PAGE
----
A novel community-based peer-review provides the opportunity for a large number of specialists in the field to review a manuscript. Authors may also opt for an entirely public peer-review process. Reviewers may opt to be anonymous or to disclose their names. Editors no longer need to check different reviewers' and author's versions of a manuscript because all versions can be consolidated into a single online document, again at the click of a button.
"The Biodiversity Data Journal is not just a journal, not even a data journal in the conventional sense. It is a completely novel workflow and infrastructure to mobilise, review, publish, store, disseminate, make interoperable, collate and re-use data through the act of scholarly publishing!" concluded Dr Vincent Smith from the Natural History Museum in London, the journal's Editor-in-Chief.
Smith V, Georgiev T, Stoev P, Biserkov J, Miller J, Livermore L, Baker E, Mietchen D, Couvreur T, Mueller G, Dikow T, Helgen K, Frank J, Agosti D, Roberts D, Penev L (2013) Beyond dead trees: integrating the scientific process in the Biodiversity Data Journal. Biodiversity Data Journal 1: e995. DOI: 10.3897/BDJ.1.e995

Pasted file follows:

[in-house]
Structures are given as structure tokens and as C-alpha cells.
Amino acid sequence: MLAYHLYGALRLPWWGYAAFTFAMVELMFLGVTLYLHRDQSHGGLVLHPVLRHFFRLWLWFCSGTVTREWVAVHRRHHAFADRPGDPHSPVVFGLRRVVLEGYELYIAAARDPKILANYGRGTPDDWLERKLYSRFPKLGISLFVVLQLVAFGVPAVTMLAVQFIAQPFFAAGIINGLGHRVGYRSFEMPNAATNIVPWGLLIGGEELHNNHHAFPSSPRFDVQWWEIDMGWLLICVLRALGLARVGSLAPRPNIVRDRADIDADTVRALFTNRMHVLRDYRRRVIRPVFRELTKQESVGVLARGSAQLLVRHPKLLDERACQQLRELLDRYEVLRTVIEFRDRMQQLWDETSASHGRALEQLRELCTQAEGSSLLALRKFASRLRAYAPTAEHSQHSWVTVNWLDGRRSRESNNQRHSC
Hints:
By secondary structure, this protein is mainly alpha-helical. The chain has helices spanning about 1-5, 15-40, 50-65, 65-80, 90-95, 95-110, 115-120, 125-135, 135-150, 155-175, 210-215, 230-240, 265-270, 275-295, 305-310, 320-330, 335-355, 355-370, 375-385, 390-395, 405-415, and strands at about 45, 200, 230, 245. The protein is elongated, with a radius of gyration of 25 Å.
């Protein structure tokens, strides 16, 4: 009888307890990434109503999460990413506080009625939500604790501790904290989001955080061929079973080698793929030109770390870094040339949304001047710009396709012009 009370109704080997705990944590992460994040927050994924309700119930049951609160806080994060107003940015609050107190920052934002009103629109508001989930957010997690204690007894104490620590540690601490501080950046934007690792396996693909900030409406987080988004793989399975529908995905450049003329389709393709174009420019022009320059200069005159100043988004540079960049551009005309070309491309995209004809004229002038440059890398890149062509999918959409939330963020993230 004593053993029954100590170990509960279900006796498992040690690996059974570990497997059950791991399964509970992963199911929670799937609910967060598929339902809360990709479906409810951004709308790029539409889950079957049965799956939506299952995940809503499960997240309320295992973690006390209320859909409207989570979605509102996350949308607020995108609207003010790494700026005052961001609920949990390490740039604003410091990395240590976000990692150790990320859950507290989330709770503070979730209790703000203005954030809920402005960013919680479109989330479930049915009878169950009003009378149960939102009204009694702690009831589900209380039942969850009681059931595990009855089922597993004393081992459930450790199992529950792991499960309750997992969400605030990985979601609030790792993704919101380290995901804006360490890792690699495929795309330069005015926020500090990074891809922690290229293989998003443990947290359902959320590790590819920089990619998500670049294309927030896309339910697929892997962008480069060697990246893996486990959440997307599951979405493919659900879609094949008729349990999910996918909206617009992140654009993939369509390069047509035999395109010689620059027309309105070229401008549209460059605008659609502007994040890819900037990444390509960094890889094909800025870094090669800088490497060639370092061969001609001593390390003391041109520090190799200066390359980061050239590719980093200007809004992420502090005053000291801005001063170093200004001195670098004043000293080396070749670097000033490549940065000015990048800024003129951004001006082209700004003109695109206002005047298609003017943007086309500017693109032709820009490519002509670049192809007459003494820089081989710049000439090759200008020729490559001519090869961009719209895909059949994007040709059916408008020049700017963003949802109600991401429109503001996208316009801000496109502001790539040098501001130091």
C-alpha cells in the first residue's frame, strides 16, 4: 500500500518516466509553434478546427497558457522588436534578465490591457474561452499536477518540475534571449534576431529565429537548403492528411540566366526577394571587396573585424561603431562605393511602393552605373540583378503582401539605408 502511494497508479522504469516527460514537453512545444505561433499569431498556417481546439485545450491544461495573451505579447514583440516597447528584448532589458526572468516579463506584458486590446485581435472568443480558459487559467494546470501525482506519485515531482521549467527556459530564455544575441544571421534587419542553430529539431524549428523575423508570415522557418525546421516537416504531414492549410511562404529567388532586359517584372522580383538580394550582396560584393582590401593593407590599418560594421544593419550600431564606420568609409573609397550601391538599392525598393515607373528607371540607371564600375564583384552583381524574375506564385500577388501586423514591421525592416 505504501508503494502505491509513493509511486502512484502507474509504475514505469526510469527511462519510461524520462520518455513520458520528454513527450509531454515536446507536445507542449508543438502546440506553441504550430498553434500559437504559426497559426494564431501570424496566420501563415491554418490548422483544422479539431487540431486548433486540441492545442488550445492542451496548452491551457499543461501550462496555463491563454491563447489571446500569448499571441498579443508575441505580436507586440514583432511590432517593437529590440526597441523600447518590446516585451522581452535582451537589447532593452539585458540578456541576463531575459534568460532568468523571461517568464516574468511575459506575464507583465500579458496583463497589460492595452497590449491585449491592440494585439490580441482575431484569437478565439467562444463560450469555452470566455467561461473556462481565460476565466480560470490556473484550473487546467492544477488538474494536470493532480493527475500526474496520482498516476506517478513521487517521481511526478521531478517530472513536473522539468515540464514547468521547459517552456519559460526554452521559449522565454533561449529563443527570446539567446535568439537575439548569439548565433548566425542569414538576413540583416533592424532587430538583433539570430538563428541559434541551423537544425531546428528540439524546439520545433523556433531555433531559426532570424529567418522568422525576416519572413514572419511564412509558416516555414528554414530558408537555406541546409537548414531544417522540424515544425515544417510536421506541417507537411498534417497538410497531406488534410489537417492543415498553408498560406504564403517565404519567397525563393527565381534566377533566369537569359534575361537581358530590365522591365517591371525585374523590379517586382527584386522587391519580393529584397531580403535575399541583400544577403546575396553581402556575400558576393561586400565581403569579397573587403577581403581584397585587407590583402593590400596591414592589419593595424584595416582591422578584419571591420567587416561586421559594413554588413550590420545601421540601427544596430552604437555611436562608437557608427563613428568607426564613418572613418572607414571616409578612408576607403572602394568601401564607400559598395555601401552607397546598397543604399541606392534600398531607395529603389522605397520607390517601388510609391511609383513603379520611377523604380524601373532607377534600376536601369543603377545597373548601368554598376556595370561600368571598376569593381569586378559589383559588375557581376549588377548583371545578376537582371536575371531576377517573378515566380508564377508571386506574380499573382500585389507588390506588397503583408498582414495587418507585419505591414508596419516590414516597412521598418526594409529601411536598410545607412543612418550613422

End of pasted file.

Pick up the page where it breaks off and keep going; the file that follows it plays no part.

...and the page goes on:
At the Bioinformatics Horizon 2013 Conference (3 - 6 September 2013, Rome) a Memorandum of Understanding was signed between PESI and EU BON. Christoph Häuser, on behalf of EU BON and Yde de Jong on behalf of PESI (see picture below), signed the document to strengthen the cooperation and formalise the integrating efforts of the European species infrastructures.
PESI is now a new associate partner of EU BON, a consortium with currently 30 partners from 18 countries. One of the common aims of EU BON and PESI will be to establish and sustain standard taxonomies for Europe. EU BON will support the PESI backbone developments, including its components, with a focus on Fauna Europaea and Euro+Med. Besides analyzing current gaps, new ideas will be developed to trigger expert involvement and enhance the data management systems.